Discussing education and opportunity in rural communities last week at the Maine Seacoast Mission in Bar Harbor were, from left, Ellen Pope of the Mission, Charles Rudelitch of the Sunrise County Economic Council, Cherie Galyean of the Maine Community Foundation and Charlie Harrington, director of the Mission’s EdGE education program in Cherryfield. PHOTO BY LIZ GRAVES

Panel at Seacoast Mission discusses education in rural communities



BAR HARBOR — “When you ask people what they need to succeed,” Cherie Galyean of the Maine Community Foundation told a group gathered at the Maine Seacoast Mission’s headquarters last week, “you listen. And you believe them.”

She was part of a panel discussion about how education can contribute to revitalization of rural communities. Also on the panel were Charles Rudelitch of the Sunrise County Economic Council and Charlie Harrington, director of the Mission’s EdGE education program in Cherryfield. Ellen Pope of the Mission moderated the event.

More than 70 percent of the students in the EdGE program qualify for free or reduced-price school lunch, a common measure of household poverty, Harrington said. “Now that school is out, these kids will not be eating enough. It’s not their fault. It’s not their parents’ fault. There are places in the community they can go to get food, but they have to be able to get to them.”

Washington County is losing population, Rudelitch said, as deaths outnumber births and formation of new households among young adults is faltering. Many families struggle with generational poverty or addiction.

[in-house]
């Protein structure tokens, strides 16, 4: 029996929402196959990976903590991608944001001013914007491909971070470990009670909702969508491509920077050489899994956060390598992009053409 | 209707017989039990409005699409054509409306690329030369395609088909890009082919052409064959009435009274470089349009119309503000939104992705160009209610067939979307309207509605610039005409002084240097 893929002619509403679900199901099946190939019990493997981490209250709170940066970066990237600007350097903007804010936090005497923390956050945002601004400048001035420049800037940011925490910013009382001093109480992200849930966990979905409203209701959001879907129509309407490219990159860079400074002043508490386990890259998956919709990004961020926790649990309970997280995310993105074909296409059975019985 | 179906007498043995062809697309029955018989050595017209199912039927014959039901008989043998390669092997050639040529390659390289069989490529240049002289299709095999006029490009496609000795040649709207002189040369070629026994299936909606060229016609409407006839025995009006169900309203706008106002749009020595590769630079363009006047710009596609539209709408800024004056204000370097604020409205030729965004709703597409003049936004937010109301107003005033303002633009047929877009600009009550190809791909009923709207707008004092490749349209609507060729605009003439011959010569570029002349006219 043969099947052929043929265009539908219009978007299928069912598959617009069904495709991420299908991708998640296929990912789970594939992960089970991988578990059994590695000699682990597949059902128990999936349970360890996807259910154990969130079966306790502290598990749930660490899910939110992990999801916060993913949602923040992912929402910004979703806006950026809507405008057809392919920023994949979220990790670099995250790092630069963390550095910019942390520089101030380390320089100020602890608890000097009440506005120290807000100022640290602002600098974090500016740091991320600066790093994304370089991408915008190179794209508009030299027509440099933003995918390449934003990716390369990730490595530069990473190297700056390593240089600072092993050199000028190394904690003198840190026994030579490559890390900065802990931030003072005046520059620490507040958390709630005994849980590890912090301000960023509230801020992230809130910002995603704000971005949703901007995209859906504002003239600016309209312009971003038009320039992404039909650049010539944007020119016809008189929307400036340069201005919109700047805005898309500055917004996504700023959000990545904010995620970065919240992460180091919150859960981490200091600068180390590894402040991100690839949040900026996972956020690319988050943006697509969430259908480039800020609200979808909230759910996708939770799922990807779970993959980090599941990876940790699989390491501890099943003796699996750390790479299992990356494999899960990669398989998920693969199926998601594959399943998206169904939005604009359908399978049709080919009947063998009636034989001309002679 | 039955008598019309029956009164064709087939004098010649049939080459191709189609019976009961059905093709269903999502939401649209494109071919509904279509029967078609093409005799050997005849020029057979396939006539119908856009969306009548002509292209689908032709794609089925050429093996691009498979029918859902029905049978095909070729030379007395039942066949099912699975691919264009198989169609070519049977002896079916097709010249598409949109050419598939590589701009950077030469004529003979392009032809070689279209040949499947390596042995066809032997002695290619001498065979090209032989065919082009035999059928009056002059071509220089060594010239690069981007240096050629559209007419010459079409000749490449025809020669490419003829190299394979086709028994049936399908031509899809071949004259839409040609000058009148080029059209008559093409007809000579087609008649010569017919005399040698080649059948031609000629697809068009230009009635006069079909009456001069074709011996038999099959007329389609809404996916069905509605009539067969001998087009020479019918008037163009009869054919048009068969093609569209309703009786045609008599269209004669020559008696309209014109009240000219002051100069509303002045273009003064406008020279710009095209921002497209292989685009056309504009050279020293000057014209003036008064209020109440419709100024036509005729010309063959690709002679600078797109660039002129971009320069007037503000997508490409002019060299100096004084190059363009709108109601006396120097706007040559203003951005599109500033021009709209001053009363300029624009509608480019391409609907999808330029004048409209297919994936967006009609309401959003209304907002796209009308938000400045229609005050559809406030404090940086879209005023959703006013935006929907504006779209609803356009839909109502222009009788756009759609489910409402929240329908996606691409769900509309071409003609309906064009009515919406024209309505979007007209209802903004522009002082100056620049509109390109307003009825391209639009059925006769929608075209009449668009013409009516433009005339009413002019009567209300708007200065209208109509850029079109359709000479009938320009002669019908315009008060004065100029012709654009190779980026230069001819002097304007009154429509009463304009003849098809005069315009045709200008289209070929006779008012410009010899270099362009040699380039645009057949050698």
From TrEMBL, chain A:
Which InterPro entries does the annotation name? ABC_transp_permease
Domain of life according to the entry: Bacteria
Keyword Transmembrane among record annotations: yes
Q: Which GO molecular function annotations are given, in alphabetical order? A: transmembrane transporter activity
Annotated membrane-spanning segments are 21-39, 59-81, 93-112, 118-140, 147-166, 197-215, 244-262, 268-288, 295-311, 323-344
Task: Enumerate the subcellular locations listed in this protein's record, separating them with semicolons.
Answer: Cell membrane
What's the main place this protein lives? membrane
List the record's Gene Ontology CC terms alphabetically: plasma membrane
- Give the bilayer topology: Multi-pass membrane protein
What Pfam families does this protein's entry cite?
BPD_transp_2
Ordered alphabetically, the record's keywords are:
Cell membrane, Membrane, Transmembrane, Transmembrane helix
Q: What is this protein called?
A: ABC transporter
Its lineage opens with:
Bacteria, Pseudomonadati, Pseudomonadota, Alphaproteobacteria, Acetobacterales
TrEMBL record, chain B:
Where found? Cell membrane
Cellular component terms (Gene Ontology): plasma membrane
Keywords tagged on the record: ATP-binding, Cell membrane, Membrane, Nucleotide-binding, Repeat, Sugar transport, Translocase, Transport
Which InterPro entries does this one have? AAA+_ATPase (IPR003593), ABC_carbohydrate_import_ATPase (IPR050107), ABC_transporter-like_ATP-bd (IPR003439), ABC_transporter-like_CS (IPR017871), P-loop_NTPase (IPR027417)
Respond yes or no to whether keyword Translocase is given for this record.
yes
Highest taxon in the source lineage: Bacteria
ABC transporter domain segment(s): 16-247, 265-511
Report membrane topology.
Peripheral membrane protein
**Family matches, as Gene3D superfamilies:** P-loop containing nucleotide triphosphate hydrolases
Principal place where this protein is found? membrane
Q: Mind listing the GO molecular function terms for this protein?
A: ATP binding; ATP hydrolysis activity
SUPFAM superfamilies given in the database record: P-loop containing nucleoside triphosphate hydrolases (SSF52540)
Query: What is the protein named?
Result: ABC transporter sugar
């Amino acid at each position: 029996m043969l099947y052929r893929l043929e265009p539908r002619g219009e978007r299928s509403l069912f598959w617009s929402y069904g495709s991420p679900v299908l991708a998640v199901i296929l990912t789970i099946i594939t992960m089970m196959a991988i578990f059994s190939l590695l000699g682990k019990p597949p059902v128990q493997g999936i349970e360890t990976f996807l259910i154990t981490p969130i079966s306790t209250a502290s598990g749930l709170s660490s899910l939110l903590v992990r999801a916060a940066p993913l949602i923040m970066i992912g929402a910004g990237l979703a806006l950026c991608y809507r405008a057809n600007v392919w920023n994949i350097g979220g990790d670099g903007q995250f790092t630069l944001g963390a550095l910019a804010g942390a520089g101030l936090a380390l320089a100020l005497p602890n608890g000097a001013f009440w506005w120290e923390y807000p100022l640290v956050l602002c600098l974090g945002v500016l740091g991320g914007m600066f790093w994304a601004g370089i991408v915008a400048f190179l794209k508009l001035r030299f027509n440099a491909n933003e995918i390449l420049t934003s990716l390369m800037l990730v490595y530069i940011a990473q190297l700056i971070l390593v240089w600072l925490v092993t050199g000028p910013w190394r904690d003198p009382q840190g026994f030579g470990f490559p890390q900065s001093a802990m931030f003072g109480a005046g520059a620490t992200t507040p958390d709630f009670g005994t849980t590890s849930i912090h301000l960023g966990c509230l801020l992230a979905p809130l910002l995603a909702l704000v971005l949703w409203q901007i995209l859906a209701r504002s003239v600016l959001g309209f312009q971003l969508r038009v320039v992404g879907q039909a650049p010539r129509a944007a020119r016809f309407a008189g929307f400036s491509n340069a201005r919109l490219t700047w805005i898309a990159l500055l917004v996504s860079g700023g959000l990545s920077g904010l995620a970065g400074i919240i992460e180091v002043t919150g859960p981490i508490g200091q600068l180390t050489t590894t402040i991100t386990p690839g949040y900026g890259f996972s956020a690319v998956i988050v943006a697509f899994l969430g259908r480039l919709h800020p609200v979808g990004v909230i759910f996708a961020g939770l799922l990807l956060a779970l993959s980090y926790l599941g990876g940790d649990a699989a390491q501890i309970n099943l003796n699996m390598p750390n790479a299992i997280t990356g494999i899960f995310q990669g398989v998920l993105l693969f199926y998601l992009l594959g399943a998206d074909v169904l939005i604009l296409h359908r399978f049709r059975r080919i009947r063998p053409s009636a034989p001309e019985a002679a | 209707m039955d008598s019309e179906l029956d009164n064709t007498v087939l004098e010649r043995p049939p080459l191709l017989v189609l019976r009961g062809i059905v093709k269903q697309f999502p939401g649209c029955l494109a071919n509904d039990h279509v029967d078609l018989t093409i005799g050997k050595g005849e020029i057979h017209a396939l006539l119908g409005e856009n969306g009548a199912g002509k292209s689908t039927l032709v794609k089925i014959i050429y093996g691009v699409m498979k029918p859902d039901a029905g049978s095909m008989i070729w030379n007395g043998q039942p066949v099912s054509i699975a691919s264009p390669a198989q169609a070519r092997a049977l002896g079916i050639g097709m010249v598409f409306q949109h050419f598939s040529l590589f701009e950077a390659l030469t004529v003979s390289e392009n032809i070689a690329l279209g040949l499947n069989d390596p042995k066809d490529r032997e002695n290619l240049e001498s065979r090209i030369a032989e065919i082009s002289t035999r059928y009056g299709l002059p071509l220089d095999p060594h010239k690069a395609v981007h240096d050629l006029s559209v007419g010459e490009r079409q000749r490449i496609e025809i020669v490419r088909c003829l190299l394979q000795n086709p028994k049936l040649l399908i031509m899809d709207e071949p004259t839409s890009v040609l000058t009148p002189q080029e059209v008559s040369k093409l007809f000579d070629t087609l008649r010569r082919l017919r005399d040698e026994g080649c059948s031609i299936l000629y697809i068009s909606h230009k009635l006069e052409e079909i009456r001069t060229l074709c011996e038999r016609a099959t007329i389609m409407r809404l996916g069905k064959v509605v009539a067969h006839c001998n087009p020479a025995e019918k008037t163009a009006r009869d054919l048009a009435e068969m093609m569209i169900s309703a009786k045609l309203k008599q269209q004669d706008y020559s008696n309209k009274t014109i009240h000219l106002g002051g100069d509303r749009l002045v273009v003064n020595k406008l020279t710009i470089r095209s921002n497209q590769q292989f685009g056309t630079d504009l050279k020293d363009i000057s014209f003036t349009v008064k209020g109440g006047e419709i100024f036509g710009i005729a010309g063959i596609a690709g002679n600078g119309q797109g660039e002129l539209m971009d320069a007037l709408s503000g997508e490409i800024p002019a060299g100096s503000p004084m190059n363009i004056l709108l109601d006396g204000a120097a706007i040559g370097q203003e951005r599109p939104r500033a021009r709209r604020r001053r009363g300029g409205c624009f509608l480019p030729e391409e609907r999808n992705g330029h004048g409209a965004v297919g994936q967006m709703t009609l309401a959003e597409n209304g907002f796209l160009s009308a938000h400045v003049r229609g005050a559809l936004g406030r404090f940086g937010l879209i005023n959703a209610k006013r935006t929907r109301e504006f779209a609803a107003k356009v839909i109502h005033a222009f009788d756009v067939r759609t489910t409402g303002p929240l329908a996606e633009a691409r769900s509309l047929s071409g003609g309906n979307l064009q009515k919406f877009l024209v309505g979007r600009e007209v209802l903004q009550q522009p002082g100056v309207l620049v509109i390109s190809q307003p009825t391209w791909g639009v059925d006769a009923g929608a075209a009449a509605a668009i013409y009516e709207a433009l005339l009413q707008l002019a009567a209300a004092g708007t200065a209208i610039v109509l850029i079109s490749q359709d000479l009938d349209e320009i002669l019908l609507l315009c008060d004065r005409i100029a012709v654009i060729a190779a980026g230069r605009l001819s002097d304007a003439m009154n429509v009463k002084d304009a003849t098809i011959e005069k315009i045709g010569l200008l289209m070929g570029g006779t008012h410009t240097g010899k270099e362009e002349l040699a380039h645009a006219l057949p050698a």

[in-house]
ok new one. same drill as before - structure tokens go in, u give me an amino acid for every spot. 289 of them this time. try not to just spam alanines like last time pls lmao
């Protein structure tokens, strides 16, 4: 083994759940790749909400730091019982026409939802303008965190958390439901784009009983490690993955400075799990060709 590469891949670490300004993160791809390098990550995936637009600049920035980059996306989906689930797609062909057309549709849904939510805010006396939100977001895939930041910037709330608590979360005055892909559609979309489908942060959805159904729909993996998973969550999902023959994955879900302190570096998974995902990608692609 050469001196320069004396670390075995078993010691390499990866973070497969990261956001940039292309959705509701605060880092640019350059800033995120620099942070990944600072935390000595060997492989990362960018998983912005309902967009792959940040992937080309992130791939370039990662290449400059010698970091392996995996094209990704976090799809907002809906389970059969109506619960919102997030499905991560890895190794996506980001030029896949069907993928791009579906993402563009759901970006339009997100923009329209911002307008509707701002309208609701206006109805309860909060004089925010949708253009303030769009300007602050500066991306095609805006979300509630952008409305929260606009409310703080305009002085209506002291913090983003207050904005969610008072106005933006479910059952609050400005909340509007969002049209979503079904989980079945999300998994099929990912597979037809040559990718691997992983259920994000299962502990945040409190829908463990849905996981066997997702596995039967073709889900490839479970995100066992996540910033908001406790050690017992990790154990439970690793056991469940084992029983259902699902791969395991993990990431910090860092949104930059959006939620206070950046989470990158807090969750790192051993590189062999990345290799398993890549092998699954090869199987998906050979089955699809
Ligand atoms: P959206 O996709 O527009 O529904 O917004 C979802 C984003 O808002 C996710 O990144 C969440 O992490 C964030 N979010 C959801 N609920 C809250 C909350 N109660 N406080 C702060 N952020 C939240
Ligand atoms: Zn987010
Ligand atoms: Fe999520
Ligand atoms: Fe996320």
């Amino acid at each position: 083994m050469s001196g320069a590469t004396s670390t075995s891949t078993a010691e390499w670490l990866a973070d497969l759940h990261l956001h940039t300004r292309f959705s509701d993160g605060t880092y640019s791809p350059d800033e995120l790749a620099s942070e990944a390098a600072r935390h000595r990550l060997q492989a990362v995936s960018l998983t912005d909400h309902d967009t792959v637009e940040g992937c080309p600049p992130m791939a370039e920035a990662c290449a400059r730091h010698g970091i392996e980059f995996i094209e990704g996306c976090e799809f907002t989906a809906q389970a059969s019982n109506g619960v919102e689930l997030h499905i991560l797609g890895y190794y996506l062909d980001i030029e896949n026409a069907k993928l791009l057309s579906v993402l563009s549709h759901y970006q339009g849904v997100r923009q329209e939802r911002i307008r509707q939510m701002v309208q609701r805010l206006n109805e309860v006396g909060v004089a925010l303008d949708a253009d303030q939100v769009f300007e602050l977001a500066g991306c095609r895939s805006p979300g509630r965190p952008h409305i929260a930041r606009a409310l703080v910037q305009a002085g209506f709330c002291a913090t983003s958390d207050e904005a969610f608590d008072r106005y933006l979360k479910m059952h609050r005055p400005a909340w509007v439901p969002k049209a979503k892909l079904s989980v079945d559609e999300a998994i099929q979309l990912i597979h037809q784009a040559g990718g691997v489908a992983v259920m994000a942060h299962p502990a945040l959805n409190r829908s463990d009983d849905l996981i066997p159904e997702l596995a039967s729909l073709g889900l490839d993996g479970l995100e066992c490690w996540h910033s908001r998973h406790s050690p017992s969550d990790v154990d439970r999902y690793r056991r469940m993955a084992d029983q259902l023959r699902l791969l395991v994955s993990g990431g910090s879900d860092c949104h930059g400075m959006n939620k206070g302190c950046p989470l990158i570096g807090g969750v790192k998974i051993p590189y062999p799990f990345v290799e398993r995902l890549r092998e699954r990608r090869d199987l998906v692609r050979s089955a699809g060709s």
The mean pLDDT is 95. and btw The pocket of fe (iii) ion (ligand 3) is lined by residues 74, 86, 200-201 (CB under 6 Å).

“No one prepared the population for these changing economies,” Rudelitch said. The fisheries are still going strong, as they have for generations, but costs are going up and it’s harder to get started than it used to be. “It’s a long road to a job that allows a person to completely leave the safety net,” he said.

He said his organization is focused on helping adults and young people overcome barriers to a college degree, which is often necessary for a good enough job to secure reliable housing, transportation, food and savings. But many students and parents feel alienated from the education system.

“People have every reason to believe they’re not going to be taken seriously,” Rudelitch said. And the number one indicator of whether someone is going to succeed in college is whether they know someone who went to college.

So his organization has created a project, Family Futures Downeast, to support parents of young children in postsecondary education and employment goals. Participants also gain civic participations skills, becoming more confident speaking up in town government and with school administration.

“People will take chances for their kids that they would never take for themselves,” he said, “and children have a different attitude about school when their parents are pursuing a degree.”

Many of the applicants for college scholarships Galyean works with have made previous attempts to go to college, she said, but for various reasons were not able to complete a degree. Many carry debt from these previous attempts.

Over at EdGE, programs focus on non-cognitive skills and fostering resilience, communication and problem-solving.

They’re also adding an expeditionary learning program for older kids, modeled on a program in Thomaston called Trekkers.

“We hope our students can help the county flourish as they grow up,” Harrington said.

Liz Graves

Liz Graves

Managing Editor at Mount Desert Islander
Liz Graves is managing editor of the Islander. She's a California native who came to Maine as a schooner sailor.[email protected]
Liz Graves

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